The big question in tackling the language challenge is – where do we start? Are the drivers for prioritising one language over another commercial, or should they be based on social impact?
An obvious starting point might be languages that have a wider footprint, i.e. the more speakers, the bigger the impact. However, a potential drawback of this approach is that it risks further marginalising languages spoken by smaller communities.  After that, there’s a question of who should take the lead, and whether it should be driven by technologists who have the experience, or by local leaders who understand the needs and specific challenges. 

One thing that became clear is that it needs to be a collaborative effort. Technologists from the Global North can offer expertise, infrastructure, and perhaps funding. Leaders in the region bring clarity on the needs (and the critical role of a bottom-up approach and more widely a deeply rooted connection with the communities), access to people, and crucially the ability to gather data.

Key actions to get moving and gain momentum include networking, connecting people, and building community. This serves to help guide the development of the technology, but also to build trust with indigenous stakeholders who may be wary of outside influence, of potential exploitation related to data resources, and help demonstrate the potential value in the technology, whatever the proposed scenarios.

Not a level playing field

Before we get ahead of ourselves, we need to revisit our blueprint and consider what we’re actually proposing. When it comes to technology and AI, today we’re talking about big data and Large Language Models – the emphasis on large. Consider what this requires:

  • Potentially vast amounts of data, in the order of terabytes – does this even exist or can it be created?
  • Massive computing infrastructure to train models – this is probably achievable with the support of large technology providers.
  • Huge computing infrastructure to operate the models – this is much more of a practical challenge to do locally. And if we’re considering cloud solutions…
  • High speed, low latency internet connections are needed, and certainly these are far from guaranteed.

One clear example of this that became apparent in discussions in South Africa, is the need for AI and technology support for indigenous communities, in the area of education around healthcare, and bringing valuable information to people in a medium they can consume, be it written or audio. The challenge that exists around this, for example, lies in the fact that if there’s an AI app for sharing such information, it may require internet connectivity. If that’s not available, the AI models may need to be stored on the device. But in many cases, smart devices are not prevalent and storage capacity is limited.

The need for AI and technology support for indigenous communities, in the area of education around healthcare, and bringing valuable information to people in a medium they can consume, be it written or audio.

Therefore, we cannot necessarily take today’s approach of building large AI applications and finding the best use cases after the fact. We have limited resources, so we need to be more targeted in the applications that we build and more creative in how we design them. For example, in the past when building large machine translation models, we also had limited resources – less storage on our devices, no 4G/5G connectivity. Thus, we followed lines of research to “distil” the models so that they could fit on a device, or work offline. When Moore’s Law kicked in, with effectively unlimited resources in the cloud and high-speed connectivity, most of these techniques were dropped.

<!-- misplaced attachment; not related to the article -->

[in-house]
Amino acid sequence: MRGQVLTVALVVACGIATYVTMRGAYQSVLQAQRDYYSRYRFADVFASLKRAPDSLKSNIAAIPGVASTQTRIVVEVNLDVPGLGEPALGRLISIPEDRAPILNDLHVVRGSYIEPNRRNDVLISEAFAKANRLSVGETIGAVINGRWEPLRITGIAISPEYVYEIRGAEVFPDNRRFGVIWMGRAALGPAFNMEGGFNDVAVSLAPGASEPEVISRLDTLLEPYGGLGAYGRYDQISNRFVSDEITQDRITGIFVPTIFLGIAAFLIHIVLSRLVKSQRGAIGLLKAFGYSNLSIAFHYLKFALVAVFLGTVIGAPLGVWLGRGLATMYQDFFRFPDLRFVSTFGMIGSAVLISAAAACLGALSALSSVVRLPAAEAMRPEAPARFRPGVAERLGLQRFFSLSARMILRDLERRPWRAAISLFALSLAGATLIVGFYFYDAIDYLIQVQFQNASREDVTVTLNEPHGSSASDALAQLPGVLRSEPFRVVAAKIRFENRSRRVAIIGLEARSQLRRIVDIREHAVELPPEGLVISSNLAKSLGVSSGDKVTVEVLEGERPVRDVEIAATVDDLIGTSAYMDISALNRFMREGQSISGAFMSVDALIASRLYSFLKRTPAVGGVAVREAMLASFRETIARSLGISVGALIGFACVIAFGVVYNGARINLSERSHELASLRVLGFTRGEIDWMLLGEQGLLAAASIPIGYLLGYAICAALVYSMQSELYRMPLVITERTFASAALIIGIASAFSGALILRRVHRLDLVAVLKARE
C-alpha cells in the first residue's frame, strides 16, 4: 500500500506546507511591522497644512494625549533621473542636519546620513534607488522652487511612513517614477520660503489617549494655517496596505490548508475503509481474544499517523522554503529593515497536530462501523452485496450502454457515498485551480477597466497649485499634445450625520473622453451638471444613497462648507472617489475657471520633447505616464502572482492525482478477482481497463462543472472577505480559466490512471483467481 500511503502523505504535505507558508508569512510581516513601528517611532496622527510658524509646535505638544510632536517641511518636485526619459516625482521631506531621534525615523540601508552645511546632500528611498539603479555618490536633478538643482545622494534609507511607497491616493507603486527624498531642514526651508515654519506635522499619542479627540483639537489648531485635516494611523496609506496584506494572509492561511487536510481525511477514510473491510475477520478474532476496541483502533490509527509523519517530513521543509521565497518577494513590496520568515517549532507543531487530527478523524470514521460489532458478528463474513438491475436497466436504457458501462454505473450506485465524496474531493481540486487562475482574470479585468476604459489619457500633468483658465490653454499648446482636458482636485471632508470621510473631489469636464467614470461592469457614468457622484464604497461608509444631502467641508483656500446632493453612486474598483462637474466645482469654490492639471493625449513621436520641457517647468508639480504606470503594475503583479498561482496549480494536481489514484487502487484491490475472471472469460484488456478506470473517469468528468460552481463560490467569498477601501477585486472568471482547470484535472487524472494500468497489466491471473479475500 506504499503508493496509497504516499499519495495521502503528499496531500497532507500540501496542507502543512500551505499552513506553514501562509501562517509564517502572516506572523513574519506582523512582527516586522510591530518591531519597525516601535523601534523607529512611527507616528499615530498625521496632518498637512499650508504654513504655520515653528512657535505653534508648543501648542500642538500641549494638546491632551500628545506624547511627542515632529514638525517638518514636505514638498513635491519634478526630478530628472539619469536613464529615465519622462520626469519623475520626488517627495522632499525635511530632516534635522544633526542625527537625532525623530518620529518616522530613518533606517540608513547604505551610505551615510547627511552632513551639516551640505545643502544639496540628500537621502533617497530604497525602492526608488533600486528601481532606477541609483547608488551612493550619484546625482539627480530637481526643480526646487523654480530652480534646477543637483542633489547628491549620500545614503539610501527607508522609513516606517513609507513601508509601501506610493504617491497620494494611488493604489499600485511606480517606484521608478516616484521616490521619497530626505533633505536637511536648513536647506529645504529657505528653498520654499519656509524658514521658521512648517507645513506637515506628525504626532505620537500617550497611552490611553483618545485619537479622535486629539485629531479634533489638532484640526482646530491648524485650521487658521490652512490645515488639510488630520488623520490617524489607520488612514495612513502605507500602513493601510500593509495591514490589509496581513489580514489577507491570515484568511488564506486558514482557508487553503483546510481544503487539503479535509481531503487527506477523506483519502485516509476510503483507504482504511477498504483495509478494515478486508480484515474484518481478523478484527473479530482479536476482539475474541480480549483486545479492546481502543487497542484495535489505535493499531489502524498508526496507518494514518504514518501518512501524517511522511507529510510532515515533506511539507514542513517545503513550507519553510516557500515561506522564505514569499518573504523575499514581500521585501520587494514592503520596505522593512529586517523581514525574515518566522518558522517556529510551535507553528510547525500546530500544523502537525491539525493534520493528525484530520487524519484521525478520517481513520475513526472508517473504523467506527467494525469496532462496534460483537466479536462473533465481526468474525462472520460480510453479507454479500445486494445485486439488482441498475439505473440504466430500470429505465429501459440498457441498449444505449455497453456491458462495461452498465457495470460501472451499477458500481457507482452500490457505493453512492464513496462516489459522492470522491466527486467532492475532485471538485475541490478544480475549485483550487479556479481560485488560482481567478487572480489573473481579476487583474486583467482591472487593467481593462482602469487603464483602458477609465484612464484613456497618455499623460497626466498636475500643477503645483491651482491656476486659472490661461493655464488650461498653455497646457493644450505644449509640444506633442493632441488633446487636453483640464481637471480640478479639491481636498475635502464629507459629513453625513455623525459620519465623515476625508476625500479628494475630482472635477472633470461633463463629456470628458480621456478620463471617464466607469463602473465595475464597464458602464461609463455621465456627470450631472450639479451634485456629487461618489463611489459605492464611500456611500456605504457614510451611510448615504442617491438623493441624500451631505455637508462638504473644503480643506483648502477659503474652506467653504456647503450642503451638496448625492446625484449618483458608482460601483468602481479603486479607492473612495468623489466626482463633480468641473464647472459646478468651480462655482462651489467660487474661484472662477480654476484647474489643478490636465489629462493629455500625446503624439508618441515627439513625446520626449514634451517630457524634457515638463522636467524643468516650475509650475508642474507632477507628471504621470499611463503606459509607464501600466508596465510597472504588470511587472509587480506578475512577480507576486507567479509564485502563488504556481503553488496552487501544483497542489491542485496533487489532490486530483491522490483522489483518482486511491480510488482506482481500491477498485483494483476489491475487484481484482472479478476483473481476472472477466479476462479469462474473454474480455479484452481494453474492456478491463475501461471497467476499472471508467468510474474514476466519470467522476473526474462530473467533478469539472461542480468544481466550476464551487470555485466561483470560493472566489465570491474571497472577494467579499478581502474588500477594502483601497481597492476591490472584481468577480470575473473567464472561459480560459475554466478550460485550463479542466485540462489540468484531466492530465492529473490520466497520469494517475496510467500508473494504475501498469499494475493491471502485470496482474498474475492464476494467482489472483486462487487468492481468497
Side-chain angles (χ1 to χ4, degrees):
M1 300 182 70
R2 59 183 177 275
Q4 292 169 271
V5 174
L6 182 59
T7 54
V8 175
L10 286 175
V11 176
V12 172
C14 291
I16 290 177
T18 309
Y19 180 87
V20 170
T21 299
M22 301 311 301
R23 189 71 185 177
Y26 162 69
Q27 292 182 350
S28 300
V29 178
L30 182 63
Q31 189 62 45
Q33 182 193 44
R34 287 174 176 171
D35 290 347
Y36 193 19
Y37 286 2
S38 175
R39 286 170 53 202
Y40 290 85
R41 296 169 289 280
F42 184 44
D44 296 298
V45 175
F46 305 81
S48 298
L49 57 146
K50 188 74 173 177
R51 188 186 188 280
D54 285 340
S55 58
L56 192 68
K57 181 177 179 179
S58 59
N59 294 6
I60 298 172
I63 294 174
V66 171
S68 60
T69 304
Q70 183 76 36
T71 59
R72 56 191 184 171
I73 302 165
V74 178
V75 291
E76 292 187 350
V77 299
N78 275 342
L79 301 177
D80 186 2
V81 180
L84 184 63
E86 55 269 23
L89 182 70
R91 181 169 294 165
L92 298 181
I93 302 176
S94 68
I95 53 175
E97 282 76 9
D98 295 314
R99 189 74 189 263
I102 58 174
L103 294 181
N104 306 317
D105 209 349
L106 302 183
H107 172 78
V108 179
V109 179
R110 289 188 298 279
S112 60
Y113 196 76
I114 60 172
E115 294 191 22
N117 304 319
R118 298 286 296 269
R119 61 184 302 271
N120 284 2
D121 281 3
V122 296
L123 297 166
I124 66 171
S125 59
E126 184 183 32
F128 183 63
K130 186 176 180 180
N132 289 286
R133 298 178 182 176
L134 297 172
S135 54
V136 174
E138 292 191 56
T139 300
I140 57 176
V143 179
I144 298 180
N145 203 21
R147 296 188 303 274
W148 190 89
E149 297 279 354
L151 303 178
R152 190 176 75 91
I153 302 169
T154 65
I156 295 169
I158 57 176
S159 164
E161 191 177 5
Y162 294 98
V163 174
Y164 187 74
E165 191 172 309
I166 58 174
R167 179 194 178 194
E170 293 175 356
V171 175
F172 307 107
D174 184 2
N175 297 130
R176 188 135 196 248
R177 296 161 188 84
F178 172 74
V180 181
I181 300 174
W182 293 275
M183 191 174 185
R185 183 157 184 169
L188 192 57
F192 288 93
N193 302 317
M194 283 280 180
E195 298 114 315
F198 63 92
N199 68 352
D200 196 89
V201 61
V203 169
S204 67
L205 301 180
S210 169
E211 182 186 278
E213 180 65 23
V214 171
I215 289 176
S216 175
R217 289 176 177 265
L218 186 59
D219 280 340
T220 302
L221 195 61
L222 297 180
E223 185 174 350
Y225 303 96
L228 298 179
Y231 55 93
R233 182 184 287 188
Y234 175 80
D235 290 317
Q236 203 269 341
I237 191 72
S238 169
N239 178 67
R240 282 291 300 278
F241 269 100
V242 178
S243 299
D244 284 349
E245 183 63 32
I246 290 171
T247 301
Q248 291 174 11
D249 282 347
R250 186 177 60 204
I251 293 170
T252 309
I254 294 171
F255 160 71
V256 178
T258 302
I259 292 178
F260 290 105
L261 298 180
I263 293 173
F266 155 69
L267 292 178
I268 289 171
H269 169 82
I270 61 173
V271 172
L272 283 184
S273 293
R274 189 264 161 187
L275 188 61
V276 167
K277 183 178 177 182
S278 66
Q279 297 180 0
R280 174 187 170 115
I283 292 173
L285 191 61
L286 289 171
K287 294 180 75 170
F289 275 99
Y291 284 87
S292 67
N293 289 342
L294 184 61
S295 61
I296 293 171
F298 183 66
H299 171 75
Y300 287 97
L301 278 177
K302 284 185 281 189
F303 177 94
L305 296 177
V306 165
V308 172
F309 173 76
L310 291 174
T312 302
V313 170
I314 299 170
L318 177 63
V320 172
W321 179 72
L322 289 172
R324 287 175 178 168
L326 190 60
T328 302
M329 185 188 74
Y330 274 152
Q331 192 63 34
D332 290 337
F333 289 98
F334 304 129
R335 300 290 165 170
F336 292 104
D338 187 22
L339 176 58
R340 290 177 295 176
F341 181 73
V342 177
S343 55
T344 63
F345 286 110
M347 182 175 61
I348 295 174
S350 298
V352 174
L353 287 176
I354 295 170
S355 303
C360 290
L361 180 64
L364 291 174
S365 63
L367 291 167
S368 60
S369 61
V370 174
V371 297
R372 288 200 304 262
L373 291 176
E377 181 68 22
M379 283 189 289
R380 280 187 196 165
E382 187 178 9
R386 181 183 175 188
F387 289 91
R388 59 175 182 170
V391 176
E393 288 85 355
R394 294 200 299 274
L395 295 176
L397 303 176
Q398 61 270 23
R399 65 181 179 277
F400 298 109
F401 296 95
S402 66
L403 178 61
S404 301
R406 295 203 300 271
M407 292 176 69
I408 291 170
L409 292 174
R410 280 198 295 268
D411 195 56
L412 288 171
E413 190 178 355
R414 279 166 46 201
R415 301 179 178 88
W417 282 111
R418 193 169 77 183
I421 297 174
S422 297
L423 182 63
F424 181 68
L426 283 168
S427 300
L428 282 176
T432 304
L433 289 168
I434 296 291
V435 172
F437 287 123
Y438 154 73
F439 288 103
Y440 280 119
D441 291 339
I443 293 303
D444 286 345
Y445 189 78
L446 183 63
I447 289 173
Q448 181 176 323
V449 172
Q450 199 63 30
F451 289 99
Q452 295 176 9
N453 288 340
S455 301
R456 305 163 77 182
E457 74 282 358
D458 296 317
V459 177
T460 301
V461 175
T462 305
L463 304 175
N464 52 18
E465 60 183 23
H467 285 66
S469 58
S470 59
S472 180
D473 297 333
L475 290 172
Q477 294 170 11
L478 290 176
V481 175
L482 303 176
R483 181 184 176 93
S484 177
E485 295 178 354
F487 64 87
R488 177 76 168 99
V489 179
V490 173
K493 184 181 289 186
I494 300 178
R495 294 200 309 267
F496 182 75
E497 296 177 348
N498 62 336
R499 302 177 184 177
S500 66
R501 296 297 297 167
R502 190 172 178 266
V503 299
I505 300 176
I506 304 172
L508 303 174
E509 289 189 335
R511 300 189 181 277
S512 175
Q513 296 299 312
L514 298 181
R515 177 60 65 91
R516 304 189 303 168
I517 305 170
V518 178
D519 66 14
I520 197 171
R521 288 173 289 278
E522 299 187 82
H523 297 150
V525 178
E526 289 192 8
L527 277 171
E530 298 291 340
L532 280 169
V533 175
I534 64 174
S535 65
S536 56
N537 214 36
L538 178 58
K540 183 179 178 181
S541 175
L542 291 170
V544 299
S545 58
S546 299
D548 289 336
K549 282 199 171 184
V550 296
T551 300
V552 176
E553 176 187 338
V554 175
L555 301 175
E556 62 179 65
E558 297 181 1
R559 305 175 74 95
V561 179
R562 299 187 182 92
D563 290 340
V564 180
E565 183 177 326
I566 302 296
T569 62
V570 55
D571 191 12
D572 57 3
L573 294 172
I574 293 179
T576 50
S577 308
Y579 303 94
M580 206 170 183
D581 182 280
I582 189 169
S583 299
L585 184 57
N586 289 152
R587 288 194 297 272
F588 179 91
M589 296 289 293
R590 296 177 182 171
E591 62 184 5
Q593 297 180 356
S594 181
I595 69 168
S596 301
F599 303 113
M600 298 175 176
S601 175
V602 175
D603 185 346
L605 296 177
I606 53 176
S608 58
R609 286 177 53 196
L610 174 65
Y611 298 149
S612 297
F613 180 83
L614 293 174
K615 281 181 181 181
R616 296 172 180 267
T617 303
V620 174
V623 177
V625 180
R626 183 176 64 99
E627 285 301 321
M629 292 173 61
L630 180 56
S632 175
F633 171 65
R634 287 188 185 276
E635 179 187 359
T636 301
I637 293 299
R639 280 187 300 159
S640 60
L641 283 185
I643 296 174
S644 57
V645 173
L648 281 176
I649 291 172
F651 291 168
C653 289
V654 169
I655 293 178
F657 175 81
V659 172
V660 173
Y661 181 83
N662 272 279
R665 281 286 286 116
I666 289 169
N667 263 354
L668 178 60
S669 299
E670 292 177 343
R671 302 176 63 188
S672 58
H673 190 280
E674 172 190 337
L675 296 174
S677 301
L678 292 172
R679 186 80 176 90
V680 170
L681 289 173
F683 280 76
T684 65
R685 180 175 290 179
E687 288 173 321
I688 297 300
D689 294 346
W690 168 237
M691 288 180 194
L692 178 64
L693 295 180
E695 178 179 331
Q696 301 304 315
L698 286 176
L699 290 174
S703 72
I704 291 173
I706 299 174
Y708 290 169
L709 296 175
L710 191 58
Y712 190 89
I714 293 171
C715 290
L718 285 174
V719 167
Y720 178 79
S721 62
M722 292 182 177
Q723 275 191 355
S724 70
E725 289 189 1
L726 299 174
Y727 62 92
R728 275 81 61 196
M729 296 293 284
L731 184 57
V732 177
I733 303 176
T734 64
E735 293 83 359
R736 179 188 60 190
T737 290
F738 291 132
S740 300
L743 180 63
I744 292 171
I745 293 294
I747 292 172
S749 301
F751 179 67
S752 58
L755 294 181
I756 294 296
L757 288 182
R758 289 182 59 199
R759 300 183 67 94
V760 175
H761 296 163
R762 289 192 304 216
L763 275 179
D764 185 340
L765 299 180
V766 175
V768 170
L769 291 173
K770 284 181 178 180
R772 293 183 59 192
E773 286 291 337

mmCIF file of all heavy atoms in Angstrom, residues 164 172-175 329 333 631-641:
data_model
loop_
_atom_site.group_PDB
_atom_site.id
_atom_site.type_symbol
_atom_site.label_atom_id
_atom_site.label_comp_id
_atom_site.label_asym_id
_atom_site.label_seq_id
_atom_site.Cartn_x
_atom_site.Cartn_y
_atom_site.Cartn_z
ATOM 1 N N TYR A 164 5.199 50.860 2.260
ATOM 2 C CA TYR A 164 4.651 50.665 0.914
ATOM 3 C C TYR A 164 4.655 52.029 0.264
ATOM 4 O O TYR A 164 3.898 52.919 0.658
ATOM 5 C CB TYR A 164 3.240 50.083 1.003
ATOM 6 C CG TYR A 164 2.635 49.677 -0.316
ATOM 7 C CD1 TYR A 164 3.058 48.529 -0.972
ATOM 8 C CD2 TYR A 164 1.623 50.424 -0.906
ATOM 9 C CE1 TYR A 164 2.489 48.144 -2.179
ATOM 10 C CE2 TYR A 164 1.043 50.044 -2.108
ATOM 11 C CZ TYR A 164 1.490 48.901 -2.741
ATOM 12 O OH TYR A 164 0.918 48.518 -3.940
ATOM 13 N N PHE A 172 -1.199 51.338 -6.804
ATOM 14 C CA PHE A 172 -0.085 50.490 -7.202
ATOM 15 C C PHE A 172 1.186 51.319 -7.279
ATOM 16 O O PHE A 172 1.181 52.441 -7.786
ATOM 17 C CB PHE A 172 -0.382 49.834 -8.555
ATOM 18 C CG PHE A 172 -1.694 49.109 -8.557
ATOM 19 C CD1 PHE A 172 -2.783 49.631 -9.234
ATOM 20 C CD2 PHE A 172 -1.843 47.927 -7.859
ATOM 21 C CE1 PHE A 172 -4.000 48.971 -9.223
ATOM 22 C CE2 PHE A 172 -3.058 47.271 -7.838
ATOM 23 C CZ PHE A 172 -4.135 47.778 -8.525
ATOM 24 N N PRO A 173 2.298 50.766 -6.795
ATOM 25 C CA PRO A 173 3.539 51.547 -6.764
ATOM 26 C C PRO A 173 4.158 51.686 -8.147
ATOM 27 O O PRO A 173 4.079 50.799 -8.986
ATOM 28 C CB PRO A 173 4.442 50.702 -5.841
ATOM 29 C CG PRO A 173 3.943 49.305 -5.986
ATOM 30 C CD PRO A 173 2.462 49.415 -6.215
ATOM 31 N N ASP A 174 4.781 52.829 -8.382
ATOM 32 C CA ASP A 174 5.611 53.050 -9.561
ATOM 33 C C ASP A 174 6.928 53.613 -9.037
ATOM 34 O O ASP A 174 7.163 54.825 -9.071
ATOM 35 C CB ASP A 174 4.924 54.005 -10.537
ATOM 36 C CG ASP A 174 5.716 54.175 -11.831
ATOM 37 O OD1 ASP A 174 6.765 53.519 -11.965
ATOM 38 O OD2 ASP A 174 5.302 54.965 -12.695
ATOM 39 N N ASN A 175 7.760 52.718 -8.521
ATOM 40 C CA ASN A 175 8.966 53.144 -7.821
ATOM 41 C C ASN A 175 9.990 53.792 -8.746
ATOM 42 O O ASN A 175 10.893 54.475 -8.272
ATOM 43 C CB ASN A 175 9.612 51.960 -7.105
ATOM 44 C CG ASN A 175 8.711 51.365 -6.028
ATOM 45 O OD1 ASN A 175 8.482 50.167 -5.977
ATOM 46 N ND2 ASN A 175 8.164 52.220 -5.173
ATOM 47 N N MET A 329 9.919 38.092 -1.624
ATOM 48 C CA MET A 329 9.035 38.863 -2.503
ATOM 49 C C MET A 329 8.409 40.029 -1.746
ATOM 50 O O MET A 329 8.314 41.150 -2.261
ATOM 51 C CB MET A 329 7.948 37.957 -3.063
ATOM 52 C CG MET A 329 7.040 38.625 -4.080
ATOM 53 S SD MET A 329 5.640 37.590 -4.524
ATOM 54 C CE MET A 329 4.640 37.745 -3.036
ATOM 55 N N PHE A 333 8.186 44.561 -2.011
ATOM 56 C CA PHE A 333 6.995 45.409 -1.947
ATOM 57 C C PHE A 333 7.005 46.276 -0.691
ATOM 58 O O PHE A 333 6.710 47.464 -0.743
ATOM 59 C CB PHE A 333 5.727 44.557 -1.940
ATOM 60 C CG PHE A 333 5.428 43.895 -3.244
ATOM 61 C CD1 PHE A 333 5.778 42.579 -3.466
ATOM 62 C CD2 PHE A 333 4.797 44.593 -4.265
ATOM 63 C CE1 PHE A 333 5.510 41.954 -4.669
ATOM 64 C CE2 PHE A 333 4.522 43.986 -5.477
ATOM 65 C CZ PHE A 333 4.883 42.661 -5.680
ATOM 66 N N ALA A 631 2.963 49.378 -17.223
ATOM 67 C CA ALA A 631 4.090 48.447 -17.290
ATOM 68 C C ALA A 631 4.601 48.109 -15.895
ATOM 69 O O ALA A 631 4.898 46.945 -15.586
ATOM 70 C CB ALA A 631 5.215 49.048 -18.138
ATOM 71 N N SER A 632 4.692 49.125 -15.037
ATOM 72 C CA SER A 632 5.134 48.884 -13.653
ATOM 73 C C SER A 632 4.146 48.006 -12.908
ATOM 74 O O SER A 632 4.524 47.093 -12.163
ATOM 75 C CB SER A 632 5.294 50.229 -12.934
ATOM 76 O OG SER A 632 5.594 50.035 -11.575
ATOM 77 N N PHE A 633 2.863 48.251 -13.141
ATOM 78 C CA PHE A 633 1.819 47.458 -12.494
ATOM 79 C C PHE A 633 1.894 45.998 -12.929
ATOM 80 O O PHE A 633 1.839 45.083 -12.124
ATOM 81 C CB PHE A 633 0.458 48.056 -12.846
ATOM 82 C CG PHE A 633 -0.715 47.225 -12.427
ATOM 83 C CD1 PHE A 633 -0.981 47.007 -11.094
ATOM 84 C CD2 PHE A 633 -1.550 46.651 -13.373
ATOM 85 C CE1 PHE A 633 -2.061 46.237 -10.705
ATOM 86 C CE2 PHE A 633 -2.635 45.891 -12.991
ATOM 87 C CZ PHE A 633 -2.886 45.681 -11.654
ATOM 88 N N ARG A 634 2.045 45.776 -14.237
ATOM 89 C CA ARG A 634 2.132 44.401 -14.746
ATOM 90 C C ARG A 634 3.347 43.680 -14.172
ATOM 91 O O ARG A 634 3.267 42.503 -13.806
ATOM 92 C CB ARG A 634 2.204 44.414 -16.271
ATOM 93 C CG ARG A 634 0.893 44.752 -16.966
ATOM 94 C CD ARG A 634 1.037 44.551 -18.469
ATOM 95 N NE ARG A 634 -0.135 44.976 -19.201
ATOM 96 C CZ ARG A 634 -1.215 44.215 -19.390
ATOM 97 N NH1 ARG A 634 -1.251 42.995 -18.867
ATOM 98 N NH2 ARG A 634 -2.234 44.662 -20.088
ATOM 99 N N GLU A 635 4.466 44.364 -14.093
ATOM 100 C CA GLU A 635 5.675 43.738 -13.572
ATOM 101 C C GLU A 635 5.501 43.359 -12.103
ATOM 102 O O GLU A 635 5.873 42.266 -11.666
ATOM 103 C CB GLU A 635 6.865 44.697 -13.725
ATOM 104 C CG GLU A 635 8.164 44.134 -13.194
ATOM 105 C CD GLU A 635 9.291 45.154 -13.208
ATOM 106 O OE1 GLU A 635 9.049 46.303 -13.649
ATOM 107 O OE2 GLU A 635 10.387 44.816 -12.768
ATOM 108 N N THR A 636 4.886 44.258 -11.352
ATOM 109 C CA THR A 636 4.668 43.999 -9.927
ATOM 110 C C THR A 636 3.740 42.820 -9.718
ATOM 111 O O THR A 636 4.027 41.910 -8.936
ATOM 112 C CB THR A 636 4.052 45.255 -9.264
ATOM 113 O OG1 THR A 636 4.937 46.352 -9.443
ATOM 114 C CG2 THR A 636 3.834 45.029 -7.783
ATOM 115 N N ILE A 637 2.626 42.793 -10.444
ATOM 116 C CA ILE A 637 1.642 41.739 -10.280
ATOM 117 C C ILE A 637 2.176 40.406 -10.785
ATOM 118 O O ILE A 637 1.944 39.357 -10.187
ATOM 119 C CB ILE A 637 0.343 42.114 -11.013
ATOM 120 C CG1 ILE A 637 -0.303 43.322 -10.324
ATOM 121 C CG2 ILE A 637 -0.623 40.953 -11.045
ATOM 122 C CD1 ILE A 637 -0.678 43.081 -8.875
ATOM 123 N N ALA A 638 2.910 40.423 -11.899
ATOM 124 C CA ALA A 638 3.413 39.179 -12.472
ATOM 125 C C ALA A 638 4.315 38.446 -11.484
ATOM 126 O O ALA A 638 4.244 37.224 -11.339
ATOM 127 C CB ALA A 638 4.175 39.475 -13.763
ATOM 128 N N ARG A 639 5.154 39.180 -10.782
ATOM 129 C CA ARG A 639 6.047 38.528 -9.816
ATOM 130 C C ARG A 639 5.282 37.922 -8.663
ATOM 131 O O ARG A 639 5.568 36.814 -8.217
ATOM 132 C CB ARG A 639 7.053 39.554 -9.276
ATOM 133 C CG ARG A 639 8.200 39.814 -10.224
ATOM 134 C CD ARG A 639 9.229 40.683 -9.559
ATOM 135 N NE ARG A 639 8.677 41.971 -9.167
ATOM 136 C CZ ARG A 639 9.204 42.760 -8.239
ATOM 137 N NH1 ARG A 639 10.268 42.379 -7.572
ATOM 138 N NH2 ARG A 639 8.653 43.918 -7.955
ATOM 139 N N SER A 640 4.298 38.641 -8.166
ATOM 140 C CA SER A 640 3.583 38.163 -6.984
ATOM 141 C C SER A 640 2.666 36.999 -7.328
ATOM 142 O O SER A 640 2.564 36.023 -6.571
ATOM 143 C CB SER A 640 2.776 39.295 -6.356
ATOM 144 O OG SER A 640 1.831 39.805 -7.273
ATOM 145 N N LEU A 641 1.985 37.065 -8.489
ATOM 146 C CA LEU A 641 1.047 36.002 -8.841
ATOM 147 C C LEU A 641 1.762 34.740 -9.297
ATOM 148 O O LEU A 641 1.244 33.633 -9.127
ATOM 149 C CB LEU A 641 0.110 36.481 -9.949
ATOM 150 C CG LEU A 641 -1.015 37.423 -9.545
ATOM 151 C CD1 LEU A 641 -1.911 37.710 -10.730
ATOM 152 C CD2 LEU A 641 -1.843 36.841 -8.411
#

Perhaps we need to dust some of them off again, in the interest of making AI more accessible globally. Perhaps the era of the small language model is on the horizon.


At the unconference in Uruguay, there was also extensive discussion about the unique language challenges in South (and Central) America. However, there was a twist compared to what was discussed in Africa. The challenge presented wasn’t so much one of the variety of different languages, but rather variations on the same language across countries and regions.
There are of course many languages in South America, with Spanish, Portuguese, Quechua, Guaraní, and Aymara being the top five most spoken languages, amongst a range of other European and indigenous languages. Spanish is the most widely spoken language on the continent, but has the unique characteristic that it is spoken across 19 different countries, all of which share borders. In fact, if you drew a continuous line from Tijuana in the northwest of Mexico, to Punta Arenas in the south of Chile (over 14,000km) every single country it passed through would be a Spanish-speaking country.

As you can imagine, along with this phenomenon comes a lot of linguistic diversity in a single language, which poses challenges with localization and companies that want to do business in South America. Is the solution…LatAm Spanish?

What is “LatAm Spanish”

When localising into Spanish for South America, one option is to consider all variants. However, this has cost implications and, because the rest of the world often looks at South America as a single linguistic block, the concept of a homogenous or neutral Spanish – so-called LatAm Spanish – became a reality. As a consequence, the rich linguistic diversity of Spanish in different countries gets lost, since localization into every Spanish variant is not a current priority for all businesses.